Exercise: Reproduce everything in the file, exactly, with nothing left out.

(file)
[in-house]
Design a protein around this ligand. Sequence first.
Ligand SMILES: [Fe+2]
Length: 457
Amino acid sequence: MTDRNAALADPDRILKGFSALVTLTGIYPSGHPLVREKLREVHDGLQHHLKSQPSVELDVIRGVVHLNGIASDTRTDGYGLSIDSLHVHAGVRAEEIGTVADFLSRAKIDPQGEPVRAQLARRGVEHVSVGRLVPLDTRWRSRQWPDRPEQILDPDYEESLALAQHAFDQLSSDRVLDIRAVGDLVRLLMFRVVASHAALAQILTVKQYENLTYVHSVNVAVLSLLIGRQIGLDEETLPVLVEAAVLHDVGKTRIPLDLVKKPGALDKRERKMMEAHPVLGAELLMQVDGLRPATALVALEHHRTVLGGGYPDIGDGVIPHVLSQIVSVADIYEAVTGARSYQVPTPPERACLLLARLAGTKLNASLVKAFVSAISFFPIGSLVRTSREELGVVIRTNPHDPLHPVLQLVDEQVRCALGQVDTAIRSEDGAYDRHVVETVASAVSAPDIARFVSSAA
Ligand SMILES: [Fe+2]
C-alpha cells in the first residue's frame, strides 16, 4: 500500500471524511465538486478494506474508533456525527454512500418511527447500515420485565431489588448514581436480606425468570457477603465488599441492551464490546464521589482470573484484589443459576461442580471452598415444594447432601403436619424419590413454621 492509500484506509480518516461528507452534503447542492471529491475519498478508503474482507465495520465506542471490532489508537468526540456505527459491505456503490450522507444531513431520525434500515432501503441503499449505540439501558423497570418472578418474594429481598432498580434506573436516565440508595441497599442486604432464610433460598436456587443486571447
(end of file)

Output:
[in-house]
Design a protein around this ligand. Sequence first.
Ligand SMILES: [Fe+2]
Length: 457
Amino acid sequence: MTDRNAALADPDRILKGFSALVTLTGIYPSGHPLVREKLREVHDGLQHHLKSQPSVELDVIRGVVHLNGIASDTRTDGYGLSIDSLHVHAGVRAEEIGTVADFLSRAKIDPQGEPVRAQLARRGVEHVSVGRLVPLDTRWRSRQWPDRPEQILDPDYEESLALAQHAFDQLSSDRVLDIRAVGDLVRLLMFRVVASHAALAQILTVKQYENLTYVHSVNVAVLSLLIGRQIGLDEETLPVLVEAAVLHDVGKTRIPLDLVKKPGALDKRERKMMEAHPVLGAELLMQVDGLRPATALVALEHHRTVLGGGYPDIGDGVIPHVLSQIVSVADIYEAVTGARSYQVPTPPERACLLLARLAGTKLNASLVKAFVSAISFFPIGSLVRTSREELGVVIRTNPHDPLHPVLQLVDEQVRCALGQVDTAIRSEDGAYDRHVVETVASAVSAPDIARFVSSAA
Ligand SMILES: [Fe+2]
C-alpha cells in the first residue's frame, strides 16, 4: 500500500471524511465538486478494506474508533456525527454512500418511527447500515420485565431489588448514581436480606425468570457477603465488599441492551464490546464521589482470573484484589443459576461442580471452598415444594447432601403436619424419590413454621 492509500484506509480518516461528507452534503447542492471529491475519498478508503474482507465495520465506542471490532489508537468526540456505527459491505456503490450522507444531513431520525434500515432501503441503499449505540439501558423497570418472578418474594429481598432498580434506573436516565440508595441497599442486604432464610433460598436456587443486571447